FDA Grants Accelerated Approval to Lecanemab for Early Stage Alzheimer Disease


Lecanemab (Lequembi) approved to treat mild cognitive impairment or mild dementia associated with Alzheimer disease.

The FDA has granted accelerated approval to lecanemab (Lequembi; Eisai and Biogen) to slow the progression of Alzheimer disease. Today’s FDA action marks the second approval for a new class of medications that target the fundamental pathophysiology of Alzheimer disease. Lecanemab’s indication is only to treat mild cognitive impairment or the mild dementia stage of the disease.

“Alzheimer’s disease immeasurably incapacitates the lives of those who suffer from it and has devastating effects on their loved ones,” said Billy Dunn, MD, director of the Office of Neuroscience in the FDA’s Center for Drug Evaluation and Research, in a press release. “This treatment option is the latest therapy to target and affect the underlying disease process of Alzheimer’s, instead of only treating the symptoms of the disease.”

In phase 3 clinical trials, the drug showed promise in appearing to inhibit the progression of Alzheimer disease, but there were safety concerns reported for a potential association with certain serious adverse events (AEs), such as brain swelling and bleeding. Lecanemab was evaluated for safety and efficacy in a controlled and randomized phase 3 trial published in The New England Journal of Medicine. The novel treatment was assessed for the ability to reduce the pathological marker, amyloid beta plaque.

The double-blind, placebo-controlled, parallel-group, dose-finding study included 856 participants with Alzheimer disease and accompanying amyloid beta pathology. All the patients exhibited mild cognitive impairment or a mild dementia stage of the disease.

Participants in the intervention arm received a 10 mg/kg dose of lecanemab every 2 weeks, and researchers used positron emission tomography (PET) to quantify the amyloid beta plaque levels present in a composite of brain regions.

In the trial, lecanemab “reduced markers of amyloid in early Alzheimer’s disease and resulted in moderately less decline on measures of cognition and function than placebo at 18 months but was associated with adverse events.” After 79 weeks, the team observed that the lecanemabirmb-arm had a significant decrease in amyloid beta plaque compared to the placebo group, who showed no signs of reduction.

According to the press release, “patients receiving the treatment had significant dose- and time-dependent reduction of amyloid beta plaque.”

In the phase 3 trial, approximately 6.9% of participants administered lecanemab as an intravenous infusion discontinued because of AEs vs 2.9% of patients administered placebo. Serious AEs were reported in 14% of the lecanemab cohort and 11.3% of the placebo cohort.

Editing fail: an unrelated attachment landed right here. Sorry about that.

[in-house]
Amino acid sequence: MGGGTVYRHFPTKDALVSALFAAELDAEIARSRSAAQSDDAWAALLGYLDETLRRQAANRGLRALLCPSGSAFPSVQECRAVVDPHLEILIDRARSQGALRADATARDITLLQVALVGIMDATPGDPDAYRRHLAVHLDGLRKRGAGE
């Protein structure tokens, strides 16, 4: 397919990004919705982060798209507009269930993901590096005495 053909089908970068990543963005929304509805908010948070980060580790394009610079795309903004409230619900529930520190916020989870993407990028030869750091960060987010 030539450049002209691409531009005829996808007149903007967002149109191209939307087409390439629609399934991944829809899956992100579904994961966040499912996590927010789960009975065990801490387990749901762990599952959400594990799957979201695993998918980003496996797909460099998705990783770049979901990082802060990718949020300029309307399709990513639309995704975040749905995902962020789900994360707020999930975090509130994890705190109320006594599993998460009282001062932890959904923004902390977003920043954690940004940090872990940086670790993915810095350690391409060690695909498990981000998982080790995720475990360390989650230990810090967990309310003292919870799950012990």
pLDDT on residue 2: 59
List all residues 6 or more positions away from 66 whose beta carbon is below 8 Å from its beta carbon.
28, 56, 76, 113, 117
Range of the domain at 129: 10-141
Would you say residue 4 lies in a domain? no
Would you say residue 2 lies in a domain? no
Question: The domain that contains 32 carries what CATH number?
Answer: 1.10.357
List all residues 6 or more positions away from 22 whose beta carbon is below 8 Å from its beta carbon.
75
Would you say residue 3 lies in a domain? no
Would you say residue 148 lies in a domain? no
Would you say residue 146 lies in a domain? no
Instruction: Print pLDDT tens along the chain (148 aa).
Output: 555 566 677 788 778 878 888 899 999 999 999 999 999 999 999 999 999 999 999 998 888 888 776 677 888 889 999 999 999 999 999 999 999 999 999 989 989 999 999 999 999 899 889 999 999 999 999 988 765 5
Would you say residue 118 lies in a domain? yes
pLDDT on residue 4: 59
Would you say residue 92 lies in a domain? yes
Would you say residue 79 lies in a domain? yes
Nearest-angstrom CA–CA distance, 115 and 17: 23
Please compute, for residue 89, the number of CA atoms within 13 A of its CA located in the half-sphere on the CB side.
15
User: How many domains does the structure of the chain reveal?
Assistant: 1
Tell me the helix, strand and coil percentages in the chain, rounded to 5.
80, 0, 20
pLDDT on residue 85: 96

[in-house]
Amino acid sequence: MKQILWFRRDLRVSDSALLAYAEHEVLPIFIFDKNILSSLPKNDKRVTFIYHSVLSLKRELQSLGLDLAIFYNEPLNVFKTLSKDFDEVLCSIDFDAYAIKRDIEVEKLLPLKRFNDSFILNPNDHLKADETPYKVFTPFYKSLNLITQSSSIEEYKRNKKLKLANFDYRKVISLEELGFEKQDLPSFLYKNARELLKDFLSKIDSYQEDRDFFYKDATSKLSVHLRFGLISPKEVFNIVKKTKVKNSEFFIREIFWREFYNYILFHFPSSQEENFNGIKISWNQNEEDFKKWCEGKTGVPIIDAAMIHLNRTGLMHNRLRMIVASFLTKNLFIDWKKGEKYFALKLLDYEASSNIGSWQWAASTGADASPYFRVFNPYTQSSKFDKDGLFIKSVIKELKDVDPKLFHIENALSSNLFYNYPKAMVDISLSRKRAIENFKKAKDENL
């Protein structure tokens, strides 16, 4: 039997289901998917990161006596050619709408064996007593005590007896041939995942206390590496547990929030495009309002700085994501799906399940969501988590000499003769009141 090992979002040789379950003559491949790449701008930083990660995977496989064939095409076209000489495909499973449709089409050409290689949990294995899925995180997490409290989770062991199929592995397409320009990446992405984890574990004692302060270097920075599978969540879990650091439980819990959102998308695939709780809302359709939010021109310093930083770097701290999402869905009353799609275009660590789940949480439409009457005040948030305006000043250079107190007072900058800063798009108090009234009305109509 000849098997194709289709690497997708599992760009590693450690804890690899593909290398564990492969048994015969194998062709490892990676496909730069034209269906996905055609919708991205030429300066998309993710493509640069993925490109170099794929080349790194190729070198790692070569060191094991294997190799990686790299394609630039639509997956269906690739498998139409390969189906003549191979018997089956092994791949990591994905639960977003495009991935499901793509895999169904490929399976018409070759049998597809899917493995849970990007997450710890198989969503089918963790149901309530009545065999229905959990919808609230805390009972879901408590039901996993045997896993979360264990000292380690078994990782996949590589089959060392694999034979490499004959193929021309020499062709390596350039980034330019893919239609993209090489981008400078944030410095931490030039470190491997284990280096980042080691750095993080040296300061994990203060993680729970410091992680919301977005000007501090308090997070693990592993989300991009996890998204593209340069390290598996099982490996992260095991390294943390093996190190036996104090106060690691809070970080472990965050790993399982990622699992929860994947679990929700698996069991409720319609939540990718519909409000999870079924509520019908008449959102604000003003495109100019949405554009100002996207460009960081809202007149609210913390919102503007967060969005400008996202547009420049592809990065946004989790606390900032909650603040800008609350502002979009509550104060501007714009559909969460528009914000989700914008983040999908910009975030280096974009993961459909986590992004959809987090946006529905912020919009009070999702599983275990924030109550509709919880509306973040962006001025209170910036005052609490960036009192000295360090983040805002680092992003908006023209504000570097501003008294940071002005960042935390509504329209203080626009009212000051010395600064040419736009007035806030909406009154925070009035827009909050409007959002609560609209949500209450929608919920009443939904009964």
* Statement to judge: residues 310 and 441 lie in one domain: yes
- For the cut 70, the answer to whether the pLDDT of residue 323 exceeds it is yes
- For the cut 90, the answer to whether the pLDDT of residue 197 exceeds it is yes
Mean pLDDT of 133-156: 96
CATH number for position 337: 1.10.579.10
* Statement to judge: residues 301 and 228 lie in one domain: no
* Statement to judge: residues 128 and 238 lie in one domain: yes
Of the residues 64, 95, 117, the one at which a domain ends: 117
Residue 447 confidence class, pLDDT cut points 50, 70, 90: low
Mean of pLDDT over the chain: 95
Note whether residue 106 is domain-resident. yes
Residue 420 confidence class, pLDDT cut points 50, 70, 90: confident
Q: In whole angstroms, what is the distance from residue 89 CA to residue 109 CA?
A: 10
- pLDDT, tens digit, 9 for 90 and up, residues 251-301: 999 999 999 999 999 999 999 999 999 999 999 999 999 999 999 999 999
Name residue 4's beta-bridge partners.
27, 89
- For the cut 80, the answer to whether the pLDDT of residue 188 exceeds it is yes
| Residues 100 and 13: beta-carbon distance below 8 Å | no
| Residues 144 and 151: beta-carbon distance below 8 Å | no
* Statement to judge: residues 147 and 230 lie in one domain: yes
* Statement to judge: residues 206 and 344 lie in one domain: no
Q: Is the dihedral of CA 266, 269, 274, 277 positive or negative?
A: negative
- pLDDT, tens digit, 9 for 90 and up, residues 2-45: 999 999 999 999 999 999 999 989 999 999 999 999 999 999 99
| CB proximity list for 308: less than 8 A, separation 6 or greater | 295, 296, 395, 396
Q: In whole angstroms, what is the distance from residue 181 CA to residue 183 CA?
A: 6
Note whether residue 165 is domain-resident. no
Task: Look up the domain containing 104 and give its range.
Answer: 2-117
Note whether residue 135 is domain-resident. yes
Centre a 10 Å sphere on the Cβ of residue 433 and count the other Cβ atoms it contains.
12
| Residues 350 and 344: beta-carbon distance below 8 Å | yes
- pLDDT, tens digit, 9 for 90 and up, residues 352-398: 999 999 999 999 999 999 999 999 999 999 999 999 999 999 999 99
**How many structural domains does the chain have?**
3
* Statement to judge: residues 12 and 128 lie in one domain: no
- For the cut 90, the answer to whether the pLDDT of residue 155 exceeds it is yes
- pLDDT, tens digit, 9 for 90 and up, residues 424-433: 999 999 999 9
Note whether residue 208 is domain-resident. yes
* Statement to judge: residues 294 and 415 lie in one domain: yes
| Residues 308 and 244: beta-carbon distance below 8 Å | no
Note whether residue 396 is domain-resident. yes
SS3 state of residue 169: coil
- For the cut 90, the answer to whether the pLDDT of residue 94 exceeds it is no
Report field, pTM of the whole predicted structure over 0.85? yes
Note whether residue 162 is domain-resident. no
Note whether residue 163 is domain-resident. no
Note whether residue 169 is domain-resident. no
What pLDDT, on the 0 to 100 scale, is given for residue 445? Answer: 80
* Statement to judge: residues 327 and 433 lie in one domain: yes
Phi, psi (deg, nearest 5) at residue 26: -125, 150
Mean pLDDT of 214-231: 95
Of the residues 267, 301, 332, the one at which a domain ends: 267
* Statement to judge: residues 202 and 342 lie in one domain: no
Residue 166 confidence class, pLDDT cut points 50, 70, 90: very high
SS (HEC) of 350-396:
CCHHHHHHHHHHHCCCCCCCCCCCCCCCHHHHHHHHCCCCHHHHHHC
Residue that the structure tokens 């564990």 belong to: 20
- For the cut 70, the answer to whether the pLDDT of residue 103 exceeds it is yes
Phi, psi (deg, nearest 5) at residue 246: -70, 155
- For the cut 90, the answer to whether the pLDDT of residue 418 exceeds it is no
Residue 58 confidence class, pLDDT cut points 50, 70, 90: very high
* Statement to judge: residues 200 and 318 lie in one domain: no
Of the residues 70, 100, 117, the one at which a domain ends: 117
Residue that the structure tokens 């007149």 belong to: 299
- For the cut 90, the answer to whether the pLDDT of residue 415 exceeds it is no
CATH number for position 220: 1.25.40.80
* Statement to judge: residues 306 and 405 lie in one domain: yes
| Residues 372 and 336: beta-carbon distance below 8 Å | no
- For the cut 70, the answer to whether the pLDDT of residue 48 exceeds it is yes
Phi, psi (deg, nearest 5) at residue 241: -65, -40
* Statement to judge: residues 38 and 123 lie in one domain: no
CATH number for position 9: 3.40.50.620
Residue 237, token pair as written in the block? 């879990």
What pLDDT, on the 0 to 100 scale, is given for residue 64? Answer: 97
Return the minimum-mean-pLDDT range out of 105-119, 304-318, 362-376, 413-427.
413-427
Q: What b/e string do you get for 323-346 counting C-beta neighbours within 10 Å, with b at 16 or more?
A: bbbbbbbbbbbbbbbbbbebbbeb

The most common AEs associated with lecanemab are infusion-related reactions—including flu-like symptoms, nausea, vomiting, changes in blood pressure—headache, and amyloid-related imaging abnormalities (ARIA).

Often not presented with symptoms, ARIA could be serious or life-threatening, according to the FDA, with possible swelling of certain brain areas, small spots of bleeding on the surface of the brain, headache, confusion, dizziness, vision changes, nausea, and seizure.

Alzheimer disease is a progressive brain disorder that decimates thinking and memory skills, irreversibly changing the brain. It has affected more than 6.5 people in the United States, but it’s cause is not fully known. Changes to the brain also include neurofibrillary (tau, tangles) which affects neurons and their ability to make connections.

Advocacy groups applauded the approval but raised concerns regarding access to the drug from the US Centers for Medicare & Medicaid Services and insurance companies.

“What the FDA did today in granting accelerated approval to Leqembi was the right decision. But what CMS is doing by severely restricting coverage for approved treatments is unprecedented and wrong,” said Joanne Pike, DrPH, Alzheimer’s Association president and chief executive officer, in a press release. “The FDA carefully reviewed the evidence for Leqembi before granting approval. CMS, in sharp contrast, denied coverage for Leqembi months ago before it had even reviewed this drug’s evidence. CMS has never done this before for any drug, and it is clearly harmful and unfair to those with Alzheimer’s. Without access to and coverage of this treatment and others in its class, people are losing days, weeks, months—memories, skills and independence. They’re losing time.”


U.S Food and Drug Administration. FDA Grants Accelerated Approval for Alzheimer’s Disease Treatment. FDA News Release. January 6, 2022. Accessed on January 6, 2022. https://www.fda.gov/news-events/press-announcements/fda-grants-accelerated-approval-alzheimers-disease-treatment

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